2 lawyers quit case after DOJ decision on Stone prison time

Roger Stone, a longtime Republican provocateur and former confidant of President Donald Trump, waits in line in November at the federal court in Washington.

WASHINGTON — The Justice Department said Tuesday it will take the extraordinary step of reducing the amount of prison time it will seek for Roger Stone, an announcement that came just hours after President Donald Trump complained that the recommended sentence for his longtime ally and confidant was “very horrible and unfair.”

The move prompted near immediate protest from prosecutors on the case. One resigned as an assistant U.S. attorney. The second filed a notice with the court that he was leaving his position as a special prosecutor with the U.S. Attorney’s Office in Washington, although he would remain as an assistant U.S. attorney in Baltimore.

The Justice Department said the decision to shorten the sentencing recommendation was made Monday night — before Trump’s tweet — and that prosecutors had not spoken to the White House about it.

The move was sure to raise questions about political interference and whether Trump’s views hold unusual sway over the Justice Department, which is meant to operate independently of the White House in criminal investigations and prosecutions.

Attorney General William Barr has been a steady ally of Trump’s, clearing the president of obstruction of justice even when special counsel Robert Mueller had pointedly declined to do so and declaring that the FBI’s Russia investigation — which resulted in charges against Stone — had been based on a “bogus narrative.”

Democrats lambasted the decision. Senate Minority Leader Chuck Schumer said the rule of law is being “totally perverted to Donald Trump’s own personal desires and needs.”

On Monday night, prosecutors had recommended Stone serve seven to nine years behind bars after being convicted of charges including lying to Congress, witness tampering and obstructing the House investigation into whether the Trump campaign coordinated with Russia to tip the 2016 election. The recommendation raised the prospect that Stone could receive the harshest sentence of any of the half-dozen Trump aides charged in Mueller’s probe.

In a tweet early Tuesday, Trump said the case against Stone was a “miscarriage of justice.” A Justice Department official said authorities decided to step in and seek a shorter sentence because they had been taken by surprise by the initial recommendation. The person, who spoke on the condition of anonymity, said prosecutors had told the department to expect a shorter recommendation.

It is extremely rare for Justice Department leaders to reverse the decision of its own prosecutors on a sentencing recommendation, particularly after that recommendation has been submitted to the court. Normally, United States attorneys have wide latitude to recommend sentences on cases that they prosecuted.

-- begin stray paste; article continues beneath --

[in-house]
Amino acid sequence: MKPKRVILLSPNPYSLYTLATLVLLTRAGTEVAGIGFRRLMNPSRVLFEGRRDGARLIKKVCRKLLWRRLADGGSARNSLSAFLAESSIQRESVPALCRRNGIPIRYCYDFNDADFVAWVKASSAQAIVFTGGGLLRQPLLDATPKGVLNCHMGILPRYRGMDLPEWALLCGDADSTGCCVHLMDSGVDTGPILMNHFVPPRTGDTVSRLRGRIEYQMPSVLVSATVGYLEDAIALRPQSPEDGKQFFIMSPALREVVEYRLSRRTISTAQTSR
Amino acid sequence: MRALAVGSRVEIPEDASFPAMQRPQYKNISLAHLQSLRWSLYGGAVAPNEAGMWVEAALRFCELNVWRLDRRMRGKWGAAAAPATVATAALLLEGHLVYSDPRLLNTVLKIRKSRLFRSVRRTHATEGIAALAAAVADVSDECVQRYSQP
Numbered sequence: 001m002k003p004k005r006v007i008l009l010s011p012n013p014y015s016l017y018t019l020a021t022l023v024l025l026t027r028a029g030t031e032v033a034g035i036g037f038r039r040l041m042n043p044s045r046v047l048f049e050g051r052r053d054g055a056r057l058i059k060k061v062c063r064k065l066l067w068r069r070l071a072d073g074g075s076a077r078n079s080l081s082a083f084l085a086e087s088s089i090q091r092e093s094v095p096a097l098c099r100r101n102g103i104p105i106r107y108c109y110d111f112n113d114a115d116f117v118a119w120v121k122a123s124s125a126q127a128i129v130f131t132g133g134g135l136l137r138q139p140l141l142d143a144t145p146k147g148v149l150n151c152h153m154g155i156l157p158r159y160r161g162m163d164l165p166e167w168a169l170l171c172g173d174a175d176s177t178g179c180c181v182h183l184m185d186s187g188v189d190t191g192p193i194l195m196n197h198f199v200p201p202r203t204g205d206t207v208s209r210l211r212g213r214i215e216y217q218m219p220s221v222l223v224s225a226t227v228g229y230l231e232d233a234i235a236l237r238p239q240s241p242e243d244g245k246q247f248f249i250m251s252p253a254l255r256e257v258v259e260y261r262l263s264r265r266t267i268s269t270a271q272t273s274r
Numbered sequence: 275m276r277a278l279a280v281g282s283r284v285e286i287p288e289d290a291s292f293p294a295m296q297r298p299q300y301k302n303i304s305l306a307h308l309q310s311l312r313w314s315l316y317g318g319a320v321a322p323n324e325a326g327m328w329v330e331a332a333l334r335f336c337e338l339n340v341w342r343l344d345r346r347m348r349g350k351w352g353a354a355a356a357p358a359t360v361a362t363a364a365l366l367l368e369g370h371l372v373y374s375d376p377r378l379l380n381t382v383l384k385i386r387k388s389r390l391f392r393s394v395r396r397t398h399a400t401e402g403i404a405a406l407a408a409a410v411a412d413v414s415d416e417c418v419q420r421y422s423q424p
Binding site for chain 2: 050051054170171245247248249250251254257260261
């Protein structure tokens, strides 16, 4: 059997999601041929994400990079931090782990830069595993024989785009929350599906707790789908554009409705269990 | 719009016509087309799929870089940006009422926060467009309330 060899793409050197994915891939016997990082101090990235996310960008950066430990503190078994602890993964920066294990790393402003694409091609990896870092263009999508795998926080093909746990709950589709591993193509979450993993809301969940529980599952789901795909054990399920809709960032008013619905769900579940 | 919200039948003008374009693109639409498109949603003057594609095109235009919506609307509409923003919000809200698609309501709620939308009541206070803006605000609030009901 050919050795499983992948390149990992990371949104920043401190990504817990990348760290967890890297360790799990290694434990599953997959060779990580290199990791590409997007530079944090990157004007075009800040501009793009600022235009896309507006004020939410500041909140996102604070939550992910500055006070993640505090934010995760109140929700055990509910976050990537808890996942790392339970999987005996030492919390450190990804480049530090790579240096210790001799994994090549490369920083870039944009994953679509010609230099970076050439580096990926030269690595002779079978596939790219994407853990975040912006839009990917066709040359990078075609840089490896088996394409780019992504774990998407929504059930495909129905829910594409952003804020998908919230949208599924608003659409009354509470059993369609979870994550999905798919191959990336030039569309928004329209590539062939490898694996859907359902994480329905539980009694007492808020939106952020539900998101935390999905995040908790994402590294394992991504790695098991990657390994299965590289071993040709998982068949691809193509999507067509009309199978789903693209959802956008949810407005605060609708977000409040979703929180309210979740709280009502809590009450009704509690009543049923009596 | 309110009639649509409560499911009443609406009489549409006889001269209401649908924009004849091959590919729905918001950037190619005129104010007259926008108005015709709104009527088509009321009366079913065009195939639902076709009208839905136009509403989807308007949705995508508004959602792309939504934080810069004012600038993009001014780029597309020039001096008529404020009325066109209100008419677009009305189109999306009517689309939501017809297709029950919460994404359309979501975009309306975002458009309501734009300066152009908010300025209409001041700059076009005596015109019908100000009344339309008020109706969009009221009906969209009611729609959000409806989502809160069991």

Sentencing decisions are ultimately up to the judge, who in this case may side with the original Justice Department recommendation. U.S. District Judge Amy Berman Jackson has repeatedly scolded Stone for his out-of-court behavior, which included a social media post he made of the judge with what appeared to be crosshairs of a gun.

The judge barred Stone from social media last July after concluding that she repeatedly flouted his gag order.

Besides, judges invariably frown upon crimes that they see as perverting the functions of the criminal justice system, such as making false statements or obstructing an investigation.

The Justice Department plans to refile the recommendation later Tuesday.

Federal prosecutors also recently softened their sentencing position on former national security adviser Michael Flynn, saying that they would not oppose a probation of punishment after initially saying that he deserved up to six months in prison for lying to the FBI. The Flynn prosecution is also being handled by the U.S. Attorney’s office in Washington.

The White House referred questions about the decision to the Justice Department.

In the sentencing memorandum filed Monday evening, prosecutors asked for Stone to serve between 87 and 108 months in federal prison — the sentence they said was in line with federal guidelines. Such a sentence would send a message to deter others who might consider lying or obstructing a congressional probe or tampering with witnesses, they said.

The prosecutors wrote in the court papers that “Stone’s actions were not a one-off mistake in judgement” and that he “decided to double – and triple – down on his criminal conduct by tampering with a witness for months in order to make sure his obstruction would be successful.”

Stone has denied wrongdoing and consistently criticized the case against him as politically motivated. He did not take the stand during his trial and his lawyers did not call any witnesses in his defense.

Witnesses in the case testified that Trump’s campaign viewed Stone as an “access point” to the anti-secrecy site WikiLeaks, which was in possession of more than 19,000 emails hacked from the servers of the Democratic National Committee and tried to use him to get advance word about hacked emails damaging to Hillary Clinton.